• It is also important to explain why you conduct this focus group and how the results will be shared with the group or other project partners. Emphasize the anonymity of the participants when summarizing the data and quoting some responses.

How to analyze

  • From my personal experience, I recommend doing the analysis as soon as possible after finishing the focus group discussion when all details are fresh in memory. The discussion and sharing of opinions between the evaluation team members right after the conversation also help to contextualize the responses.
  • Depending on the length and complexity of the discussion evaluators decide if they need to transcribe the recording.
    • To analyze such qualitative data, it is helpful to write a summary of the responses for each question and choose the most illustrative quotes. When using qualitative software (e.g., Dedoose) the analyst has a variety of embedded tools to code the responses and organize in any way to fit their needs.
    • The final step is preparing a summary or a more formal report summarizing the results including charts, graphs, and other visual means.

Despite the many advantages of interacting with the project partners, there are certain challenges to consider. Preparation for the group discussion, accommodation, and arrangements as well as the analysis of the data is time-consuming. It is also harder to interpret, analyze and summarize the qualitative responses.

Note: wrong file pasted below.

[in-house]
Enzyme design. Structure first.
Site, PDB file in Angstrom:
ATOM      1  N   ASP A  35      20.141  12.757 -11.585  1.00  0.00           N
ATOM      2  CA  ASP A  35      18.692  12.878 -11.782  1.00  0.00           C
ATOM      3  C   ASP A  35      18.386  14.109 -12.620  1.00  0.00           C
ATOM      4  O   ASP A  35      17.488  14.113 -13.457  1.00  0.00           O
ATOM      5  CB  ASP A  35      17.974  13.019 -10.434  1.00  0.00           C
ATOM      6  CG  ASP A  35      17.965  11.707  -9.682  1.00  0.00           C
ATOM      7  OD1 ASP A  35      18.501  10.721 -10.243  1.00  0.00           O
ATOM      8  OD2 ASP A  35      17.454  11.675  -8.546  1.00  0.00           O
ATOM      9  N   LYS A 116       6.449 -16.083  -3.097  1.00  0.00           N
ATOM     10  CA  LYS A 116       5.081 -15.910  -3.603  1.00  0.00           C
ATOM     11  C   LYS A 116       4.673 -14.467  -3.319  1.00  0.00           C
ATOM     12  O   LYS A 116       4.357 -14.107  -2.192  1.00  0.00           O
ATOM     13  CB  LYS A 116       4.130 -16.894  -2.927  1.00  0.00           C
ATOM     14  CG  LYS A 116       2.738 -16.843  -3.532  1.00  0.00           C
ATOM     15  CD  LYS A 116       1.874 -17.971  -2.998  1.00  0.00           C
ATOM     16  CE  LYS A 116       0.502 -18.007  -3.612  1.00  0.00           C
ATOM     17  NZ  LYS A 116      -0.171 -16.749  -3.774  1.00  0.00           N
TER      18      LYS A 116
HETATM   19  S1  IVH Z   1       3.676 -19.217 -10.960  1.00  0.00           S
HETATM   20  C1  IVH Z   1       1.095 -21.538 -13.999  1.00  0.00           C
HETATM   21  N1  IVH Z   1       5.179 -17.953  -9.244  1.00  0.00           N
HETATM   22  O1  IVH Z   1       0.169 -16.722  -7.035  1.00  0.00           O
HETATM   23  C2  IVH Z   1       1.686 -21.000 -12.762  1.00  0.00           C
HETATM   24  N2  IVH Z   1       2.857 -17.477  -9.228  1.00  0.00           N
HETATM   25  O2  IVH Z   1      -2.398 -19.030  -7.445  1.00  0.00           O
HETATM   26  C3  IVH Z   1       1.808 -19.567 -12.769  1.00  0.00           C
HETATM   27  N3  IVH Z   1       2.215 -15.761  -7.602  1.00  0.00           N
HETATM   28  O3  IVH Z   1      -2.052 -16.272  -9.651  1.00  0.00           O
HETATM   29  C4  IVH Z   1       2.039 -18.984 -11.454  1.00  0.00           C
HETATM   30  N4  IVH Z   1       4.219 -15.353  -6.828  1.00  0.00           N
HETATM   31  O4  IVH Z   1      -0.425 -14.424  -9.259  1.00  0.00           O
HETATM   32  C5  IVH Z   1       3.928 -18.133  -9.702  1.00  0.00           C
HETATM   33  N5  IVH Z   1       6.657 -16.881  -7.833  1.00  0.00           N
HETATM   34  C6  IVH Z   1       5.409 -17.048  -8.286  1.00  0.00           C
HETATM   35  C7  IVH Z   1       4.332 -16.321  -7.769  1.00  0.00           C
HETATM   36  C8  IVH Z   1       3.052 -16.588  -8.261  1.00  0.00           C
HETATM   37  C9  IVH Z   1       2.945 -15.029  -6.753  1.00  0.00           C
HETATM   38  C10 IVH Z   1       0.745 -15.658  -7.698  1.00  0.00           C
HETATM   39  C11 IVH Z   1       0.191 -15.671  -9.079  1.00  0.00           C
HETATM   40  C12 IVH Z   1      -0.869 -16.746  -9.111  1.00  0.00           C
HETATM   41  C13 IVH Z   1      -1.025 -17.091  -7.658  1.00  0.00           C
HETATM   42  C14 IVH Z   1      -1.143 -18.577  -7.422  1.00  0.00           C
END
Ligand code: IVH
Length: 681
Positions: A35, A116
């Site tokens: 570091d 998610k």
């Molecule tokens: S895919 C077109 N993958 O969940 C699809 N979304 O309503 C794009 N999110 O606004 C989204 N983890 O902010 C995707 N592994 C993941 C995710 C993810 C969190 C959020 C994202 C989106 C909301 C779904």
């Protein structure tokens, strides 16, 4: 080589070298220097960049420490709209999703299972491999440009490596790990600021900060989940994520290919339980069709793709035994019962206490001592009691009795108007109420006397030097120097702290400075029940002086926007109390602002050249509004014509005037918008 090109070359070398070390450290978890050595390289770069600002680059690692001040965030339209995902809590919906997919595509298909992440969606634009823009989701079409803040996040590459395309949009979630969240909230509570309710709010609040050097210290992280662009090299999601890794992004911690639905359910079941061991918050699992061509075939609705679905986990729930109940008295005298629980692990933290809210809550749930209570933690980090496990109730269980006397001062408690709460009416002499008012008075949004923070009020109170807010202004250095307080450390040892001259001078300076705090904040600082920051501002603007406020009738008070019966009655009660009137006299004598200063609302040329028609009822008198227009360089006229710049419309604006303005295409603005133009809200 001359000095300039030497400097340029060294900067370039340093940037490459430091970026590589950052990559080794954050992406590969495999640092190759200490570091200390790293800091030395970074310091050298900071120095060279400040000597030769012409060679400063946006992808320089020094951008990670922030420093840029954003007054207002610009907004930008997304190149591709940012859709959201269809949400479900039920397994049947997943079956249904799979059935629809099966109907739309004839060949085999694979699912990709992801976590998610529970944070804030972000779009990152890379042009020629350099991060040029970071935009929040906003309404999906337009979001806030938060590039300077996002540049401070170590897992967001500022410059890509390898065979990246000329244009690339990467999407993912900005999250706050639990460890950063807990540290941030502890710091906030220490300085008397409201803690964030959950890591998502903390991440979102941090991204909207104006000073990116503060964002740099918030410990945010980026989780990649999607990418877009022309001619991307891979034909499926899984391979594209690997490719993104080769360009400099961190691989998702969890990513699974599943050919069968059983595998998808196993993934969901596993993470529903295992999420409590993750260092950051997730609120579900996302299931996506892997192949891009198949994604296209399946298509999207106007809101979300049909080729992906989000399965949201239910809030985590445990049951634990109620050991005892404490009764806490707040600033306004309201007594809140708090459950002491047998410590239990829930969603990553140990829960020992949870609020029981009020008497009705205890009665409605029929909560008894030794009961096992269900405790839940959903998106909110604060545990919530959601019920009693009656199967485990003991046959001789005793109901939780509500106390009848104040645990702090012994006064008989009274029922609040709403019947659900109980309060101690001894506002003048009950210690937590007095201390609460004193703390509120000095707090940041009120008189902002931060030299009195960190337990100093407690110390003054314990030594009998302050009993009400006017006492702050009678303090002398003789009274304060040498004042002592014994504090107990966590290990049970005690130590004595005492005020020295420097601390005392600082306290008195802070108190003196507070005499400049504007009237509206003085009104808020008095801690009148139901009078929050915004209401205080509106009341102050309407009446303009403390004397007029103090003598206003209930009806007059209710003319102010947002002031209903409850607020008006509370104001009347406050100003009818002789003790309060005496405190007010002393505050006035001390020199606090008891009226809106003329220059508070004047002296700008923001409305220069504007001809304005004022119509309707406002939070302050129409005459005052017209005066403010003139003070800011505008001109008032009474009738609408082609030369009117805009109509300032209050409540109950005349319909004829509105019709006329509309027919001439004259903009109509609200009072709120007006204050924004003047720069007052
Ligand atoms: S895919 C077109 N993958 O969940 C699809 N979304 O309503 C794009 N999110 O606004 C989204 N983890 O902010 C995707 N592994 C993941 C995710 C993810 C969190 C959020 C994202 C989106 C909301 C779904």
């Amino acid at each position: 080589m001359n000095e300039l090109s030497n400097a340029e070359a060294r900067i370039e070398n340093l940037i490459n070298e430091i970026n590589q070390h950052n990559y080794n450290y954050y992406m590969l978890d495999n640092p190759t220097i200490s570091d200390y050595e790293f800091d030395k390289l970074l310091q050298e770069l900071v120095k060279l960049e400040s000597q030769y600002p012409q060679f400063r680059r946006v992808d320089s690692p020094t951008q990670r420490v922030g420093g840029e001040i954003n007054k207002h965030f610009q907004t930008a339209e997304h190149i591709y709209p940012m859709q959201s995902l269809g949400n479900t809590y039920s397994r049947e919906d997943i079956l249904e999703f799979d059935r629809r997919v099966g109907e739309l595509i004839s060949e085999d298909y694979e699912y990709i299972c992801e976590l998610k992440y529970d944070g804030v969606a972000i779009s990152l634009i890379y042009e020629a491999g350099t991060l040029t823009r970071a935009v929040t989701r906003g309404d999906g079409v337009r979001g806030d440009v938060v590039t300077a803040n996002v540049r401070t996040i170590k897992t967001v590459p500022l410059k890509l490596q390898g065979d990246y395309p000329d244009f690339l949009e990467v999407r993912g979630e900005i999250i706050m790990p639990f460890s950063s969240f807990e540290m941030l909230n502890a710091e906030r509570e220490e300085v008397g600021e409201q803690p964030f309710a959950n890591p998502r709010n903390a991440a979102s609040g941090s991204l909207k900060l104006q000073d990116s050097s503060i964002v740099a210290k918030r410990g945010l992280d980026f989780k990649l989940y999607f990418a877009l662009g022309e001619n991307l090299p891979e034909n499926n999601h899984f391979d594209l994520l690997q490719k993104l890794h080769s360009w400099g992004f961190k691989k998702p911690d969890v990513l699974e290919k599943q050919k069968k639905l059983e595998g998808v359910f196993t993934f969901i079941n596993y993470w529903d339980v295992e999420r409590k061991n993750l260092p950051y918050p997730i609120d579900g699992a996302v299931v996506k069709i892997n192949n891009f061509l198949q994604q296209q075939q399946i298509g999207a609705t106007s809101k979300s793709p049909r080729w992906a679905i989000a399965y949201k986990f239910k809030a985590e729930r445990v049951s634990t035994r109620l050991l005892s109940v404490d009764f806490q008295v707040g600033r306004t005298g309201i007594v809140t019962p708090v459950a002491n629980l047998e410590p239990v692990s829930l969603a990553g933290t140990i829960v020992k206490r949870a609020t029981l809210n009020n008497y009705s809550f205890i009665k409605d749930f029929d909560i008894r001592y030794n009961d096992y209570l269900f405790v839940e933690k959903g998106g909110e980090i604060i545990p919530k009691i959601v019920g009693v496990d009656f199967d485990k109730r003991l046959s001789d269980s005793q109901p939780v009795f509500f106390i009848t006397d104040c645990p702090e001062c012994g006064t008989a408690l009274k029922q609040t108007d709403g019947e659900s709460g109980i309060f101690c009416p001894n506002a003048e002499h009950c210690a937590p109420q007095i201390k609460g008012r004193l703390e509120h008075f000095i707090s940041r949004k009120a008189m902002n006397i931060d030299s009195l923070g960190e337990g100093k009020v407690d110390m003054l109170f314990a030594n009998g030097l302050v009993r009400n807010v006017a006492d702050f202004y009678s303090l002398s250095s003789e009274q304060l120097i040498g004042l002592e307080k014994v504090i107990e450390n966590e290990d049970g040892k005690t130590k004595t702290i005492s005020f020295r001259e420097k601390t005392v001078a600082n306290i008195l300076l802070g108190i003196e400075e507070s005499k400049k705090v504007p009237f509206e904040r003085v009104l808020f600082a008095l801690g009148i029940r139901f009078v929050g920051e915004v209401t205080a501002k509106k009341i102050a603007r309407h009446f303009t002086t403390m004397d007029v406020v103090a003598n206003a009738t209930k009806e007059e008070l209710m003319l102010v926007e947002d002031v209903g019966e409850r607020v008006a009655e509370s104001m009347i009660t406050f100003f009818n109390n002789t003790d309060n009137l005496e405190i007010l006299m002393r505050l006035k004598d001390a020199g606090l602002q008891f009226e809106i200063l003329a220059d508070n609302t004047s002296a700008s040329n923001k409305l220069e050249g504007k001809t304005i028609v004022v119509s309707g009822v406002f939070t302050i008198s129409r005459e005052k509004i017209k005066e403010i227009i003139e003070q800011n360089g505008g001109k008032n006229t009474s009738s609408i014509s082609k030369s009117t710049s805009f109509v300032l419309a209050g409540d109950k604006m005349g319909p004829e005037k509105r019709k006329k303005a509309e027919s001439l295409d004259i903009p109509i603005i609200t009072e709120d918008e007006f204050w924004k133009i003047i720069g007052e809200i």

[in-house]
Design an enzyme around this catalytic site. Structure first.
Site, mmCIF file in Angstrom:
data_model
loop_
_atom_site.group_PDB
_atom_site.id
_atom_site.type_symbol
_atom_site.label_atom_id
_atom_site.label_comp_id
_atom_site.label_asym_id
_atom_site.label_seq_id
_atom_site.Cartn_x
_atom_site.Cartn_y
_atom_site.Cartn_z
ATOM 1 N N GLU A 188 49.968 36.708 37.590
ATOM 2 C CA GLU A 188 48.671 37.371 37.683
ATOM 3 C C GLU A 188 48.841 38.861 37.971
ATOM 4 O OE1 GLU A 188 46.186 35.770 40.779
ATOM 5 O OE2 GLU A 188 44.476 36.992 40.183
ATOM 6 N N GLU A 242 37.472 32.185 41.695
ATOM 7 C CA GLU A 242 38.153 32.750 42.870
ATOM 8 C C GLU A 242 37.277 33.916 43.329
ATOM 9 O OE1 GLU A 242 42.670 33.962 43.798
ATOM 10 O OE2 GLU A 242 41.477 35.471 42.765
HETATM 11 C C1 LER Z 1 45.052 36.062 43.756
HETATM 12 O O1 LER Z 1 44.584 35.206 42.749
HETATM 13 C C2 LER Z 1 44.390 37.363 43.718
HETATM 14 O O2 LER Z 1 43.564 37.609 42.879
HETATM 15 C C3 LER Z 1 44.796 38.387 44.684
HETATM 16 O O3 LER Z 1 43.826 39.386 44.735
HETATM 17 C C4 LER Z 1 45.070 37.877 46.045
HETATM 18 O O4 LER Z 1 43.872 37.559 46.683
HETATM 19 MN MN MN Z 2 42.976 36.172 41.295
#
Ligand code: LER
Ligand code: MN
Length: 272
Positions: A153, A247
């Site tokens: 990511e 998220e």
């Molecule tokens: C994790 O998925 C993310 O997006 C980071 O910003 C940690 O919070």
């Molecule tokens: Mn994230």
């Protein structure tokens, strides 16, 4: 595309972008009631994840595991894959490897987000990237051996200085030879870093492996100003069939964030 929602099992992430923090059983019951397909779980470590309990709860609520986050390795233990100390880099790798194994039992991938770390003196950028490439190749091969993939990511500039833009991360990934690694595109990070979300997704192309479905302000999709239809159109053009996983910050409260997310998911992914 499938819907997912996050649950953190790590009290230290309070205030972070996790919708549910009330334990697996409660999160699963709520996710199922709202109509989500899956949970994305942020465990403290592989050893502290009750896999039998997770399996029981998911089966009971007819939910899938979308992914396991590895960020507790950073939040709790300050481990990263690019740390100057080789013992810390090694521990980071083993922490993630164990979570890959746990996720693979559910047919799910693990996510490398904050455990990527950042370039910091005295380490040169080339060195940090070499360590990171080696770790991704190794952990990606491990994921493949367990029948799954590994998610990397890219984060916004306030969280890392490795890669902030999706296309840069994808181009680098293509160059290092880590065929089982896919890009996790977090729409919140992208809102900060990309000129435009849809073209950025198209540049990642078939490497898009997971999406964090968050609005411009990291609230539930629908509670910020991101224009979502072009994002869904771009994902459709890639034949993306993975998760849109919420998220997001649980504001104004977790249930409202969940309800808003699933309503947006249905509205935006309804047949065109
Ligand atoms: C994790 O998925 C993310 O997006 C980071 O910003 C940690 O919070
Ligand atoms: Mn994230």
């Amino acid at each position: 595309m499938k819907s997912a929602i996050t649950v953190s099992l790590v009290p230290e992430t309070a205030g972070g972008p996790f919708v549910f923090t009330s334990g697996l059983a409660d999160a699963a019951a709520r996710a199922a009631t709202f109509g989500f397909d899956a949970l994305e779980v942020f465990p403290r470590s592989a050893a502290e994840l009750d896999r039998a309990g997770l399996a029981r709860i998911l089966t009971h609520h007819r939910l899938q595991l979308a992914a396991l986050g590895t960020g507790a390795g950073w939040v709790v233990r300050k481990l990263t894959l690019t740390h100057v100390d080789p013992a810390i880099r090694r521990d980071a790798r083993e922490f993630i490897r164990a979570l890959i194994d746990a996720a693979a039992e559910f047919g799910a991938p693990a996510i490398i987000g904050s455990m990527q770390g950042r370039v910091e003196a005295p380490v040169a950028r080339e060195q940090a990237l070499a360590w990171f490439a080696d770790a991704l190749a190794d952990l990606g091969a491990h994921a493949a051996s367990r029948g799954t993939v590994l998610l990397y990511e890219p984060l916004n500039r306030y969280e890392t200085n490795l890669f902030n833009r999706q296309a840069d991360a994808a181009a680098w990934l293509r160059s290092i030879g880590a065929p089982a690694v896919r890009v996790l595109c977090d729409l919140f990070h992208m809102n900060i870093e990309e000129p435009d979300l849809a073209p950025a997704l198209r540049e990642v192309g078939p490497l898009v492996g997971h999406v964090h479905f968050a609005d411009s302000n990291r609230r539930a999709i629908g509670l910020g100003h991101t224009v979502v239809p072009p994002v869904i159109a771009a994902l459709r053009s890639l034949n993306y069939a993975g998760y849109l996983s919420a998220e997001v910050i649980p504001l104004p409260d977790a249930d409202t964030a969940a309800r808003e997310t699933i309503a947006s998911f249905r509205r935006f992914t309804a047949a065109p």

However, the benefits outweigh those challenges. Conducting focus groups as part of the project evaluation adds more in-depth meaning to the quantitative data and helps to better understand how the project partners’ attitudes or perceptions change over time and what impact the project activities have on its outcomes.

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Contributed By Nadia Kardash

Nadzeya (Nadia) Kardash, Ph.D., is an Associate Researcher with the Research, Evaluation & Dissemination Department in the Center for Educational Opportunity Programs. She currently conducts research and evaluation of the CEOP’s federally funded college access programs including GEAR UP, TRIO, and other college access programs. 

Follow @CEOPmedia on Twitter to learn more about how our Research, Evaluation, and Dissemination team leverages data and strategic dissemination to improve program outcomes while improving the visibility of college access programs.